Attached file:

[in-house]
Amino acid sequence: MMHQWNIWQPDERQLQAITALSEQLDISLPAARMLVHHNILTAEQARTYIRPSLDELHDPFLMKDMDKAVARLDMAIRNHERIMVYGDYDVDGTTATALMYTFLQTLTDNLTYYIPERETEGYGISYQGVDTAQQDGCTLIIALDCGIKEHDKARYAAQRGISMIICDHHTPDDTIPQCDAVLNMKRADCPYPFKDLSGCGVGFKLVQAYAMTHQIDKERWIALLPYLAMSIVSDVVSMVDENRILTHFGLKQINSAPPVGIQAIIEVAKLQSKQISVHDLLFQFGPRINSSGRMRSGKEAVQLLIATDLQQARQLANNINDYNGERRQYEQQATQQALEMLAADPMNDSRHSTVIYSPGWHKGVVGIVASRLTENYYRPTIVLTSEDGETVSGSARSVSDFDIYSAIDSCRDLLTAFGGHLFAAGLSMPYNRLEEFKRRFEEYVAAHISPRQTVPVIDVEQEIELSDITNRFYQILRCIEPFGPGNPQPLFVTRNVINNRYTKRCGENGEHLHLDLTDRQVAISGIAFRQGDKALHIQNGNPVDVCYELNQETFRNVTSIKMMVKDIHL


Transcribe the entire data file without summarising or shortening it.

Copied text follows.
[in-house]
Amino acid sequence: MMHQWNIWQPDERQLQAITALSEQLDISLPAARMLVHHNILTAEQARTYIRPSLDELHDPFLMKDMDKAVARLDMAIRNHERIMVYGDYDVDGTTATALMYTFLQTLTDNLTYYIPERETEGYGISYQGVDTAQQDGCTLIIALDCGIKEHDKARYAAQRGISMIICDHHTPDDTIPQCDAVLNMKRADCPYPFKDLSGCGVGFKLVQAYAMTHQIDKERWIALLPYLAMSIVSDVVSMVDENRILTHFGLKQINSAPPVGIQAIIEVAKLQSKQISVHDLLFQFGPRINSSGRMRSGKEAVQLLIATDLQQARQLANNINDYNGERRQYEQQATQQALEMLAADPMNDSRHSTVIYSPGWHKGVVGIVASRLTENYYRPTIVLTSEDGETVSGSARSVSDFDIYSAIDSCRDLLTAFGGHLFAAGLSMPYNRLEEFKRRFEEYVAAHISPRQTVPVIDVEQEIELSDITNRFYQILRCIEPFGPGNPQPLFVTRNVINNRYTKRCGENGEHLHLDLTDRQVAISGIAFRQGDKALHIQNGNPVDVCYELNQETFRNVTSIKMMVKDIHL